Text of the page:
How To Take Good Fireworks Photos

Its not really as hard as you think once you get into it and think about it. The hard part is practicing it and managing the “stress” that occurs during the “shoot” since they only last a few minutes (5-10 minutes generally unless you’re fortunate).

Camera Settings – DSLR

ISO – fireworks are brighter than you think – even though it’s nighttime, set your ISO to the lowest setting. I go with 100.

Aperture – generally f8-f16 works well. f11 might be a good starting spot

Shutter Speed – (manual) Bulb and experiment with anything from 4 seconds to 30 seconds.

Tripod – a must for fireworks. If you don’t have one, get or borrow one. Otherwise try putting your camera on something sturdy like the roof of your car or a fence. But remember than you probably need to tilt your camera up somewhat unless you are going for a panoramic shot.

Shutter Release – highly recommended – either a cable type or a more fancy wireless remote control. The less shake on the camera (even though its on a tripod) the better. If you forgot it or don’t have one, then make sure your tripod is rock solid set and try and gently squeeze the shutter instead of pressing it.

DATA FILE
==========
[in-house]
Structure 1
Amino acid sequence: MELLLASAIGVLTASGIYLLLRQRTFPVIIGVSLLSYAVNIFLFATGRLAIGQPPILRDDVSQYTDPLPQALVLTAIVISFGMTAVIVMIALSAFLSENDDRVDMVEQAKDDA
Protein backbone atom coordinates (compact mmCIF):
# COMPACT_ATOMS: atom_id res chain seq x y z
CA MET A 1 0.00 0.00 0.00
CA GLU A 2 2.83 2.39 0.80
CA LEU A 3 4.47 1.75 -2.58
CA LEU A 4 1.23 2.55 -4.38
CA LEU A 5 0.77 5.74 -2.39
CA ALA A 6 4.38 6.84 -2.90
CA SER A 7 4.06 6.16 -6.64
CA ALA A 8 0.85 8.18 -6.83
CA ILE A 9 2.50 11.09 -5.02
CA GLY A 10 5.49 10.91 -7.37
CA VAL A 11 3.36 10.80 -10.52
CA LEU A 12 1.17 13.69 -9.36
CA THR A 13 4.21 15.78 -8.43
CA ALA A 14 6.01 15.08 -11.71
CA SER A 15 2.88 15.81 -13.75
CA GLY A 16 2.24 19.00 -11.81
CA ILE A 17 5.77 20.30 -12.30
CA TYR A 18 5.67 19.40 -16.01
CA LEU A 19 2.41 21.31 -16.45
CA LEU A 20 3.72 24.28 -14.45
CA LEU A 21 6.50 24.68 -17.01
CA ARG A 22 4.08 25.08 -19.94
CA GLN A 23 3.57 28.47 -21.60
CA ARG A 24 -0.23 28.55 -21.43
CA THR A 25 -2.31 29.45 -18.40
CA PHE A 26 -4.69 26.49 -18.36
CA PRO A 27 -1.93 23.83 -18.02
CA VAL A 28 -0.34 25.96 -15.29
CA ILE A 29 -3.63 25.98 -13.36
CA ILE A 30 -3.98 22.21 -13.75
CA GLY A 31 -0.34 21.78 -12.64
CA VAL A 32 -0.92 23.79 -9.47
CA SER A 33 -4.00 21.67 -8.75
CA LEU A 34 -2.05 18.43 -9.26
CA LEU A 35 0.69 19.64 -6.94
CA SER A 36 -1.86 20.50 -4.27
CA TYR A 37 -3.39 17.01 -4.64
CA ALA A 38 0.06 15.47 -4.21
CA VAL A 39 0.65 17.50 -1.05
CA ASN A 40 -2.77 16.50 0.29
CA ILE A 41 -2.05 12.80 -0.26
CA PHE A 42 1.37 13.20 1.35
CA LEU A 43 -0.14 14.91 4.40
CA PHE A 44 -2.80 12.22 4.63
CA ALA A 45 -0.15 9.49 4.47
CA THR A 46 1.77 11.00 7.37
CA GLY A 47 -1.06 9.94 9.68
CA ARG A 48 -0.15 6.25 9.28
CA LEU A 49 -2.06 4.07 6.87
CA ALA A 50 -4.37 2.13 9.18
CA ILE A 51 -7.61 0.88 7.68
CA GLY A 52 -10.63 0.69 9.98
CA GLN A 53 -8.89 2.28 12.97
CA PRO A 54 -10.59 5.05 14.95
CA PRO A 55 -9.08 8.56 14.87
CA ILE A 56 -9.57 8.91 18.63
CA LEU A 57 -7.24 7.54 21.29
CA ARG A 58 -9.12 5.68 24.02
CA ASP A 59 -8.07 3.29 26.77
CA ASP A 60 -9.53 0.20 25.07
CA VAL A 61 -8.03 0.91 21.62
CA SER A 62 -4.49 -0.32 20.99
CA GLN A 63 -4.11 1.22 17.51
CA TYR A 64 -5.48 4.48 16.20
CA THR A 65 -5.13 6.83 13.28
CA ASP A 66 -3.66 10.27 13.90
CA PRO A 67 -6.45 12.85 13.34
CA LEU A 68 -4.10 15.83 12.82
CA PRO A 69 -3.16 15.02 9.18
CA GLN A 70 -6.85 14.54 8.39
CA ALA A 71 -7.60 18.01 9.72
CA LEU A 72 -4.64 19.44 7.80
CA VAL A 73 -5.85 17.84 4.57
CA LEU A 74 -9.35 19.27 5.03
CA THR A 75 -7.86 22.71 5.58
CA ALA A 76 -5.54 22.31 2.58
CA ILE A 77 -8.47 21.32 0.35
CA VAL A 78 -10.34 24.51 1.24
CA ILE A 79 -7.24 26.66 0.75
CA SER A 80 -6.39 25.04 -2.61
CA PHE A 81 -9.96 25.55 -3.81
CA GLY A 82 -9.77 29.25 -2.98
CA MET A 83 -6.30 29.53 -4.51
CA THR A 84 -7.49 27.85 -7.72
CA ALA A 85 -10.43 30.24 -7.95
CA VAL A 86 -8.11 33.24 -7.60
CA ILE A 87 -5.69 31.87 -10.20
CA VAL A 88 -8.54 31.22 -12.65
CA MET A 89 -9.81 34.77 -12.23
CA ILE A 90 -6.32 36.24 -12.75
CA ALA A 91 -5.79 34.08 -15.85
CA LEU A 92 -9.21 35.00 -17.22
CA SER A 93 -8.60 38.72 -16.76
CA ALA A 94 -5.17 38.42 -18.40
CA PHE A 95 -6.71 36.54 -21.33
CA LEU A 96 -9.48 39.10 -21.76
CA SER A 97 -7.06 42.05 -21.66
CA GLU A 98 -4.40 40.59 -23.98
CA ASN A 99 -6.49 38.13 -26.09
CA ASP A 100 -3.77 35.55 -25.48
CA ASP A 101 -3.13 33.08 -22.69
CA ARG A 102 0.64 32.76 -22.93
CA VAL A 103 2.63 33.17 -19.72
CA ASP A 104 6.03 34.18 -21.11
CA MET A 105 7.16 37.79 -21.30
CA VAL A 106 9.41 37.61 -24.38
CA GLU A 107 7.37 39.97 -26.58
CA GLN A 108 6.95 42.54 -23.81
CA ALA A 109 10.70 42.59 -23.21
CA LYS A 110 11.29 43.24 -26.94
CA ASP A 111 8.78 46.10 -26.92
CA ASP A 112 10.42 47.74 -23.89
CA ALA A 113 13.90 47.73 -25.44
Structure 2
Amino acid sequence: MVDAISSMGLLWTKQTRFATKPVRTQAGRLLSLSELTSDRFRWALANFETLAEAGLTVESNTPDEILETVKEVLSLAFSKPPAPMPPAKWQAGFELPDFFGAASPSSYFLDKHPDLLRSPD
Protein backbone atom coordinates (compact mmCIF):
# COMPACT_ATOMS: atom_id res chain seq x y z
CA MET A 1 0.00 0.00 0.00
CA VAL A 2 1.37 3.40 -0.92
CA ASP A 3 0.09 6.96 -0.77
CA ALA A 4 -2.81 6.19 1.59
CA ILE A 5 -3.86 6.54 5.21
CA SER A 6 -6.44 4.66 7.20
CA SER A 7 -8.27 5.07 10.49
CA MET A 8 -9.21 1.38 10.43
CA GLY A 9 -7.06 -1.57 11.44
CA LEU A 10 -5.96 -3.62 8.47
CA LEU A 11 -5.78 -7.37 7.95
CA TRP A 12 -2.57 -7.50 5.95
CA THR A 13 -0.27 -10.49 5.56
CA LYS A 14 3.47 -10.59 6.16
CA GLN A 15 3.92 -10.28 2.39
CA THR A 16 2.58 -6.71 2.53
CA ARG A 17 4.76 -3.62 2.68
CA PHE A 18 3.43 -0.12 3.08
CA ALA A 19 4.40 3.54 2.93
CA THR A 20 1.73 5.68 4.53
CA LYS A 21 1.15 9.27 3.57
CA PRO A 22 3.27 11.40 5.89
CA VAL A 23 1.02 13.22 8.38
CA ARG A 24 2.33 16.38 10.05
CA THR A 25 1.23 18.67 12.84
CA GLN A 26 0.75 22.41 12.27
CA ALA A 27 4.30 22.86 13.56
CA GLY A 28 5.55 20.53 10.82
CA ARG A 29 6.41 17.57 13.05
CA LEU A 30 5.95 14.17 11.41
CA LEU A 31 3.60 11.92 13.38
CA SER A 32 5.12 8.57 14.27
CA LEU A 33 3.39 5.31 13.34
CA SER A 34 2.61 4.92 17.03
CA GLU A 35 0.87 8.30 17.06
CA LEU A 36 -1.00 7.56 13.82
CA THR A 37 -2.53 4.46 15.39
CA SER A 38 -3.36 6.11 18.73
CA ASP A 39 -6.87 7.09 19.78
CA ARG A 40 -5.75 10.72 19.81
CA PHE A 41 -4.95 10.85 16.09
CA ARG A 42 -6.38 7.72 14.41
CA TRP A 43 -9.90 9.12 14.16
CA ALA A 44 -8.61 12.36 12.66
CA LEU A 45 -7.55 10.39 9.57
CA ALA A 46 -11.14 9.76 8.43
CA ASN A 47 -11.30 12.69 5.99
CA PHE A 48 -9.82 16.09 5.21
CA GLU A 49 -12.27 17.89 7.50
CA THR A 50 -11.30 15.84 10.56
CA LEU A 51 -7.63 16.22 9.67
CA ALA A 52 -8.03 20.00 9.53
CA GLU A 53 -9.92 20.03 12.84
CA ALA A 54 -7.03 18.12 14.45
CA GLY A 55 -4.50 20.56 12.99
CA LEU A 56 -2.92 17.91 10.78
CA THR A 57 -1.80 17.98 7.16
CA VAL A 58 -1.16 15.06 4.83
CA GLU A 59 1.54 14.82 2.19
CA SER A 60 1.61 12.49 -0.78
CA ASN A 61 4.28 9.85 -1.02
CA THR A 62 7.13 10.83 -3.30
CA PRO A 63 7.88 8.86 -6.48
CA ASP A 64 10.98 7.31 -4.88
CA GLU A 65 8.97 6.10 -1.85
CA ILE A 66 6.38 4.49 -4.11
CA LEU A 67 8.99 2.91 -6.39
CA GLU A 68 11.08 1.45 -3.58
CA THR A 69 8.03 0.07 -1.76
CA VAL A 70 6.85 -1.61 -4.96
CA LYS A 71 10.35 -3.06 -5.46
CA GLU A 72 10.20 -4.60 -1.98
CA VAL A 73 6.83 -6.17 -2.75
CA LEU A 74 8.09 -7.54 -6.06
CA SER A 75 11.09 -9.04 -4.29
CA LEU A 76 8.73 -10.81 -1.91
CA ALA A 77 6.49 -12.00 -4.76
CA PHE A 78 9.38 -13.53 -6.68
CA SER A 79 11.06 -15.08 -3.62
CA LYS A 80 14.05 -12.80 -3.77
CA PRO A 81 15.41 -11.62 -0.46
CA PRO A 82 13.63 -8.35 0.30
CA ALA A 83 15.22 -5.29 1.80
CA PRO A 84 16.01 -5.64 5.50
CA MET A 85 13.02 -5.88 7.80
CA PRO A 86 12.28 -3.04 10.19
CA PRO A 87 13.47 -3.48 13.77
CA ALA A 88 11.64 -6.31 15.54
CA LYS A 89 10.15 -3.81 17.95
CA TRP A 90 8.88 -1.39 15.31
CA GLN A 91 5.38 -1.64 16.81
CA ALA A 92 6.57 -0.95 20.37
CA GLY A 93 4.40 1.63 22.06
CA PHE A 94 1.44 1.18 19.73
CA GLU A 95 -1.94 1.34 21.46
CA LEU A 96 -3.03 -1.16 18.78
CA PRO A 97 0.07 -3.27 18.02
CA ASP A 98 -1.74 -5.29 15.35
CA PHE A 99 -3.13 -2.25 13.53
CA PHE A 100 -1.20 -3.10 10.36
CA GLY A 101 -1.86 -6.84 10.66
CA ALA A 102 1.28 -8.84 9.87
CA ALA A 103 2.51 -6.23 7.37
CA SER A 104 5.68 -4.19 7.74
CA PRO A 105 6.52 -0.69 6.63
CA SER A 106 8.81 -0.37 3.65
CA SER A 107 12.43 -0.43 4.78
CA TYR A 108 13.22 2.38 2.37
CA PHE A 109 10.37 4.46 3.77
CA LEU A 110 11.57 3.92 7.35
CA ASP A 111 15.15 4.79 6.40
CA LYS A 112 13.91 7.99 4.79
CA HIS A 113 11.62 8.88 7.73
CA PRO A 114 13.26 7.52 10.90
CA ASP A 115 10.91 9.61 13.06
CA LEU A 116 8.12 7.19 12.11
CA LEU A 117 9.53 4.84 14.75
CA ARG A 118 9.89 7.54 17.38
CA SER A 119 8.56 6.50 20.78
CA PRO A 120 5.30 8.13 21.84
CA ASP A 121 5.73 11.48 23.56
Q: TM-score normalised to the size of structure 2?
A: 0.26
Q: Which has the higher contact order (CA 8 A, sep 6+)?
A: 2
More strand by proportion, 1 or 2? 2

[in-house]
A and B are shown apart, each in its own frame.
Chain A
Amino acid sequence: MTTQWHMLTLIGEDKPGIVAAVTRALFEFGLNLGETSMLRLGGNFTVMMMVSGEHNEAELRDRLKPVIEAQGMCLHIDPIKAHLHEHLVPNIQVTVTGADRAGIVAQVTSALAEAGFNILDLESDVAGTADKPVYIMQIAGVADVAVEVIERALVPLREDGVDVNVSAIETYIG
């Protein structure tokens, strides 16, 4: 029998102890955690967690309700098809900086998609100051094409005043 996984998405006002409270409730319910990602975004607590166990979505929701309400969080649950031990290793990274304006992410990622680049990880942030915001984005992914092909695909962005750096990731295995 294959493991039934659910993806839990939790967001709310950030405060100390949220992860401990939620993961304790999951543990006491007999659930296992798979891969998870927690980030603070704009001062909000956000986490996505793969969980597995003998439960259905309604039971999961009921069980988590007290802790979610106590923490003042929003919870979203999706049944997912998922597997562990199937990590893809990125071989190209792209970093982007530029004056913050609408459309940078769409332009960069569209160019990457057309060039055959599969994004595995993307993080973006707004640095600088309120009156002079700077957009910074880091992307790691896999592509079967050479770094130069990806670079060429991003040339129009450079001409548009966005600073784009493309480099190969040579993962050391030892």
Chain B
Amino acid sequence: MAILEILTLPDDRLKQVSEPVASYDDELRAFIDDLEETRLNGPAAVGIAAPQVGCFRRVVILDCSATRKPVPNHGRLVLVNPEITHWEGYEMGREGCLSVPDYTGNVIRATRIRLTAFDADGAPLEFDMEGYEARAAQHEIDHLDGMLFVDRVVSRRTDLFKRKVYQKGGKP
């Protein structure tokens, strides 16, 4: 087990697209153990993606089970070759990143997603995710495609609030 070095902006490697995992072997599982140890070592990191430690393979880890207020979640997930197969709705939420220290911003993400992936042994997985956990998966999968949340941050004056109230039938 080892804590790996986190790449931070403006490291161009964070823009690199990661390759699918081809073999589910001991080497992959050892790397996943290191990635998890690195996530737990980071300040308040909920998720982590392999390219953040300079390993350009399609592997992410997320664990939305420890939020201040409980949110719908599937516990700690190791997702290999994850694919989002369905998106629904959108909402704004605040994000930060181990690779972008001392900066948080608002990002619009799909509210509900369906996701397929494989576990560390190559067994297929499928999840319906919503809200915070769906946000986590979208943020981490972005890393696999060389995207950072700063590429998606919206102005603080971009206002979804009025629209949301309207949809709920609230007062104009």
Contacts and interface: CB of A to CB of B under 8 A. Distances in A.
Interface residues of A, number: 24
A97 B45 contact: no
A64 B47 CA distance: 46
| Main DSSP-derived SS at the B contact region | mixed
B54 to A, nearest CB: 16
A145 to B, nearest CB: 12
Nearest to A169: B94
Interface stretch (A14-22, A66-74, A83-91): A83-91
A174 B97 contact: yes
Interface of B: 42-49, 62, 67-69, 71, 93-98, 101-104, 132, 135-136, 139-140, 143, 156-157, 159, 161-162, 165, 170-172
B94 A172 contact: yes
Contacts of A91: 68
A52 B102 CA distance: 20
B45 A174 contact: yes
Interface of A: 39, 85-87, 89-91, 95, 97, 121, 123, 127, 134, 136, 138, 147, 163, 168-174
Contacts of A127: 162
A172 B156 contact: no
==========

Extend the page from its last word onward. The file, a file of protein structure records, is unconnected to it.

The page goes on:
Camera Settings – Point & Shoot

Many of these have function settings. If yours does try and find a fireworks setting. If you don’t have one see if you can go manual and go with the settings above.

Focus – since fireworks only last a few seconds auto focus is generally not recommended. Instead try and get the camera to get a good focus on the first few firework displays. Check it carefully in the LCD display. If it looks good then set your focus to manual and LEAVE it where it just was. Generally focusing on infinity is not ideal. If you don’t have a choice, go to infinity then back it out just a “wee” bit (wee is a technical photographic term meaning not too much but just enough Smile)

Bug spray – if you live in a part of the country where your tiny insect friends also enjoy fireworks then make sure you bring some bug spray. Also a blanket or chair to sit on while waiting for the fun to begin may not be a bad idea

Last Thoughts – enjoy it! This only happens a few times a year if you’re luck so enjoy it.

1 thought on “How To Take Good Fireworks Photos

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